Advancement of TRISO Nuclear Fuel Coaters for High Temperature Pebble Bed Nuclear Reactors: Environmentally Benign and Risk Free Proliferation 4th Generation Nuclear Energy [abstract]
University of Missouri (System)
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The success on nuclear energy produced by advanced high temperature gas reactors (AGRs) is dependent on tri-isotropic (TRISO) fuel particle coating. Today modern AGRs require essentially zero defective/failed coated particles. Unfortunately, the scale-up and design of the current coating processes using gas-solid spouted beds have been based on empirical approaches and are operated as “black boxes” due to lack of fundamental understanding of the hydrodynamics of spouted bed coaters. Further complicating future fuel-coating technology and nuclear energy production is the fact that fuel kernels of different sizes and densities are required to be manufactured. Therefore, in order to prevent the large risk associated with producing particles that do not meet the specifications, a fundamental understanding of the phenomena occurring in the spouted bed TRISO coater is needed. Accordingly, the overall research objectives of this project are 1) to advance the fundamental understanding of the hydrodynamics TRISO fuel coaters by systematically investigating the effect of design and operating variables, 2) to evaluate the reported dimensionless groups as scaling factors, 3) to establish a reliable scale-up methodology for TRISO fuel particle spouted bed coaters based on hydrodynamics similarity via advanced measurement and computational techniques, and 4) to develop an on-line, non-invasive measurement technique based on gamma ray densitometry (i.e., Nuclear Gauge Densitometry) that can be installed for industrial coater process monitoring to ensure proper performance and operation and to facilitate the developed scale-up methodology. To achieve these objectives the following research tools will be implemented and/or developed: • Optical probes for solid and gas holdup and solids velocity distribution measurements. • Gamma ray computed tomography (CT) for measuring the solid and gas holdup cross-sectional distribution along the spouted bed height, spouted diameter, and fountain height. • Radioactive particle tracking (RPT) technique for measuring the 3D flow patterns and field, solids velocity, turbulent parameters, circulation time, and many others. • Gas dynamics measurement technique. • Pressure transducers. In this presentation, the results and findings that are so far obtained with will be discussed and the work in progress will be outlined.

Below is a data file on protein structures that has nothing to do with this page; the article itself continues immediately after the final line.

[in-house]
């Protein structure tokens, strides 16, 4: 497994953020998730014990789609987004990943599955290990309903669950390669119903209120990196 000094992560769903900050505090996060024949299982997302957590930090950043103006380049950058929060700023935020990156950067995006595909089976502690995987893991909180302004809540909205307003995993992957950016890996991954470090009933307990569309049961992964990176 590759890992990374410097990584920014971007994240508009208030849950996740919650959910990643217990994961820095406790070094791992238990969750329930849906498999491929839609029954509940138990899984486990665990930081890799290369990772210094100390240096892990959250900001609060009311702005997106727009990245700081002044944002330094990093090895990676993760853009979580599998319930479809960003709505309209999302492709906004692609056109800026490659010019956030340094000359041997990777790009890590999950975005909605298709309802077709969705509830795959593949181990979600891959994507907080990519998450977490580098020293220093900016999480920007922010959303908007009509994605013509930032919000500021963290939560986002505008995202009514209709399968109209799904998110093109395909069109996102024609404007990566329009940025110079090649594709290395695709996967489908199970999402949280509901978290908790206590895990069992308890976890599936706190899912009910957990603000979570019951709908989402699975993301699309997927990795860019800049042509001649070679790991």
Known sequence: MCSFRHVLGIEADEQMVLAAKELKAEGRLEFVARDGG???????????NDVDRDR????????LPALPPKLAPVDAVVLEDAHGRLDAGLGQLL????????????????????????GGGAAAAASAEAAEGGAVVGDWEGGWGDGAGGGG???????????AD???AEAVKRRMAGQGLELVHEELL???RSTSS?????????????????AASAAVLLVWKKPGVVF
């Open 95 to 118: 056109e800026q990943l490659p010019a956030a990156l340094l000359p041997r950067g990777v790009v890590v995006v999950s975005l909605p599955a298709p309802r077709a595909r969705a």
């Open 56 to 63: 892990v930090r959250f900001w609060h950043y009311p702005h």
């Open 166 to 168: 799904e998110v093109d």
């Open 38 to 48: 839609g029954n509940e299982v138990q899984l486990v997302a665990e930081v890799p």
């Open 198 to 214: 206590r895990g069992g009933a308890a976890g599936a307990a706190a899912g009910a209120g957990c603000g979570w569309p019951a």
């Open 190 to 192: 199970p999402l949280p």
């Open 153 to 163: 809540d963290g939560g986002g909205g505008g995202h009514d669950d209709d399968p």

Posters (Missouri Energy Summit 2009)